The failure of US drug policy is becoming a non-partisan consensus. In 2018, MDMA, a Schedule 1 drug, entered Phase 3 clinical trials for Post-Traumatic Stress Disorder (PTSD) with studies showing clear and significant efficacy in treatment of the disorder (Ot’alora et al, 2018; Marseille et al., 2020). Further driving the need for this efficacious therapeutic is the fact that between 16-20 US veterans commit suicide per day (DVA, 2019). The men and women in uniform in the USA deserve so much better than this.
There is a clear discrepancy between damages from a drug and its drug schedule. When cannabis, psilocybin, and MDMA are all in Schedule 1 alongside heroin, but fentanyl, cocaine, and methamphetamine are in Schedule 2, it’s clear that there is no meaningful connection between the dangers posed by a drug and its drug schedule (Nutt, 2009). It doesn’t take a pharmacologist to see the mismatch.
Congress needs to take action to lift barriers to researching these substances. House Majority Leader Steny Hoyer has said the Marijuana Opportunity, Reinvestment, and Expungement (MORE) Act will come to a vote this autumn. The bill would remove marijuana from the CSA, thereby eliminating many of the hurdles that have prevented research that could save lives. Congress would need to take additional action to lift the research barriers to other Schedule 1 substances, but passing the MORE Act is the necessary first step towards fixing our country’s broken laws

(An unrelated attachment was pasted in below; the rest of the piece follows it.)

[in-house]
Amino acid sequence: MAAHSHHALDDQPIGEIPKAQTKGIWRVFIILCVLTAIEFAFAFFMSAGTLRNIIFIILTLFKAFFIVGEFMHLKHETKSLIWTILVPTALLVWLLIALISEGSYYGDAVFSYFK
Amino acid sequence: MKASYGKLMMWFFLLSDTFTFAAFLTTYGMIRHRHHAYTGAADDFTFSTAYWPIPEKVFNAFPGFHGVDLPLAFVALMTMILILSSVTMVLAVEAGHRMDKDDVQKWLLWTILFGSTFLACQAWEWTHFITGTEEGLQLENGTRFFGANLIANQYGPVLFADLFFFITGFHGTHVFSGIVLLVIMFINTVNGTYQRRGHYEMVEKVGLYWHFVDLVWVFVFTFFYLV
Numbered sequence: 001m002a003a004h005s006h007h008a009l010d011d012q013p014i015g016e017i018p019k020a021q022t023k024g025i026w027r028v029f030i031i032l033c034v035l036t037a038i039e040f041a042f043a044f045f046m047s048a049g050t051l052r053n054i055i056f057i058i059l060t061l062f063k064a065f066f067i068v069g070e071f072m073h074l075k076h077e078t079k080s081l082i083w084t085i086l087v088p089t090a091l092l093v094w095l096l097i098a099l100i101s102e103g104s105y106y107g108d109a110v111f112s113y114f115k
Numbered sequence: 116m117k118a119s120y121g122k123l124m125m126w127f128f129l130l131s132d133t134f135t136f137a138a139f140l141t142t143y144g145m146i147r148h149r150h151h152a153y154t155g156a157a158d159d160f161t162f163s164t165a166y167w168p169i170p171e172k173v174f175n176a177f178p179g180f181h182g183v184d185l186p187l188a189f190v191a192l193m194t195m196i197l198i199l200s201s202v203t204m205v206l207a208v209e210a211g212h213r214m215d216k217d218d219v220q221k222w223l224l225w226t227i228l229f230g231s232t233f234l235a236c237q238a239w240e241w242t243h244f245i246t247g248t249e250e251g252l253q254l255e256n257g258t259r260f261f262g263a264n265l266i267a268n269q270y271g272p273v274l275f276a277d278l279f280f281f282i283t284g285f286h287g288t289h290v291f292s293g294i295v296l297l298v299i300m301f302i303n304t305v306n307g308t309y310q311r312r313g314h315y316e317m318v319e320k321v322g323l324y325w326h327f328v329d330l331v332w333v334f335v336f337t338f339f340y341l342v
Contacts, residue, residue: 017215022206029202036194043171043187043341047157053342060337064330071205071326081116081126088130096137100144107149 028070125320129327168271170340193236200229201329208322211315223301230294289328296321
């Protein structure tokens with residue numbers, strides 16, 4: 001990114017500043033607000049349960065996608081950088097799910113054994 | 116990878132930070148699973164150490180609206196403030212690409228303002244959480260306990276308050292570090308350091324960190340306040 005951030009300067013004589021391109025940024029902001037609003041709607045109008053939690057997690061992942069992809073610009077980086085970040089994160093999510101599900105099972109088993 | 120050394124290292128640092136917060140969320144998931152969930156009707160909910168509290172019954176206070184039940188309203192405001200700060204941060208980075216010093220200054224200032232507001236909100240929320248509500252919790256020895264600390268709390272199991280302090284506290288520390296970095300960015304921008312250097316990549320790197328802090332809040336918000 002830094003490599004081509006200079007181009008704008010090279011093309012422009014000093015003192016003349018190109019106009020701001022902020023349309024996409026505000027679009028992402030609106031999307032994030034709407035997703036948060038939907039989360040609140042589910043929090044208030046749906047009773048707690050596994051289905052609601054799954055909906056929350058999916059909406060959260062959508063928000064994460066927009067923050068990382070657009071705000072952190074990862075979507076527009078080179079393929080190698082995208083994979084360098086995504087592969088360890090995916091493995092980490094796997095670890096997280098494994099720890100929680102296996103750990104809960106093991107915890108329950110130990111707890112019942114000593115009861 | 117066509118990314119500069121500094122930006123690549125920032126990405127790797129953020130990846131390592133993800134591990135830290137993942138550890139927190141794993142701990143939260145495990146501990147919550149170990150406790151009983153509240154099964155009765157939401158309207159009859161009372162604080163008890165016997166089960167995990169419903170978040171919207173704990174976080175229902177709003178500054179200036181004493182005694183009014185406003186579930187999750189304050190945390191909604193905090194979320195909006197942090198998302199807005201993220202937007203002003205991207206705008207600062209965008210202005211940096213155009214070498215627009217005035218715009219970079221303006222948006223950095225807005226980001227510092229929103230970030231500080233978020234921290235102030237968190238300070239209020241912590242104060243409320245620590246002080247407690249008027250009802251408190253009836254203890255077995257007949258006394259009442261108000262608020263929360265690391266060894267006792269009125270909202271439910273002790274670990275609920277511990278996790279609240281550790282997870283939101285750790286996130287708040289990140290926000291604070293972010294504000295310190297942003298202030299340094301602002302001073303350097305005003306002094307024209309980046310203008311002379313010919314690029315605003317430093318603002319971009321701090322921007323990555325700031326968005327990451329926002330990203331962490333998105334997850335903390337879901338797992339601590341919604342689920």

Bureau of Justice Statistics. (2014). Bureau of Justice Statistics.
Department of Veterans Affairs. (2019). National veteran suicide prevention annual report.
Drug Facts Sheet: Marijuana/Cannabis [PDF]. (2020, April). Drug Enforcement Administration (DEA).
Drug War Statistics. (n.d.). Retrieved October 25, 2020, from https://www.drugpolicy.org/issues/drug-war-statistics
Laffiteau, C. (2011). The balloon effect: The failure of supply side strategies in the war on drugs. Academia. edu, 1, 1-18.
Marseille, E., Kahn, J. G., Yazar-Klosinski, B., & Doblin, R. (2020). The cost-effectiveness of MDMA-assisted psychotherapy for the treatment of chronic, treatment-resistant PTSD. PloS one, 15(10), e0239997.
National Institute on Drug Abuse (NIDA)(2020). Overdose Death Rates
Nutt, D. (2009). Government vs science over drug and alcohol policy. The Lancet, 374(9703), 1731-1733.
Ot’alora G, M., Grigsby, J., Poulter, B., Van Derveer III, J. W., Giron, S. G., Jerome, L., … & Mithoefer, M. C. (2018). 3, 4-Methylenedioxymethamphetamine-assisted psychotherapy for treatment of chronic posttraumatic stress disorder: A randomized phase 2 controlled trial. Journal of Psychopharmacology, 32(12), 1295-1307.
New ACLU Report: Black People Still Almost 3 Times More Likely to Get Arrested for Marijuana in Georgia. (2020, April 20). Retrieved October 25, 2020, from https://www.acluga.org/en/press-releases/new-aclu-report-black-people-still-almost-3-times-more-likely-get-arrested-marijuana
Federal Research Funding by State and District. (n.d.). Retrieved October 26, 2020, from https://www.faseb.org/Science-Policy-and-Advocacy/Federal-Funding-Data/Federal-Funding-by-State-District
Disclaimer: These views do not reflect the position of the Emory University Molecular and Systems Pharmacology PhD Program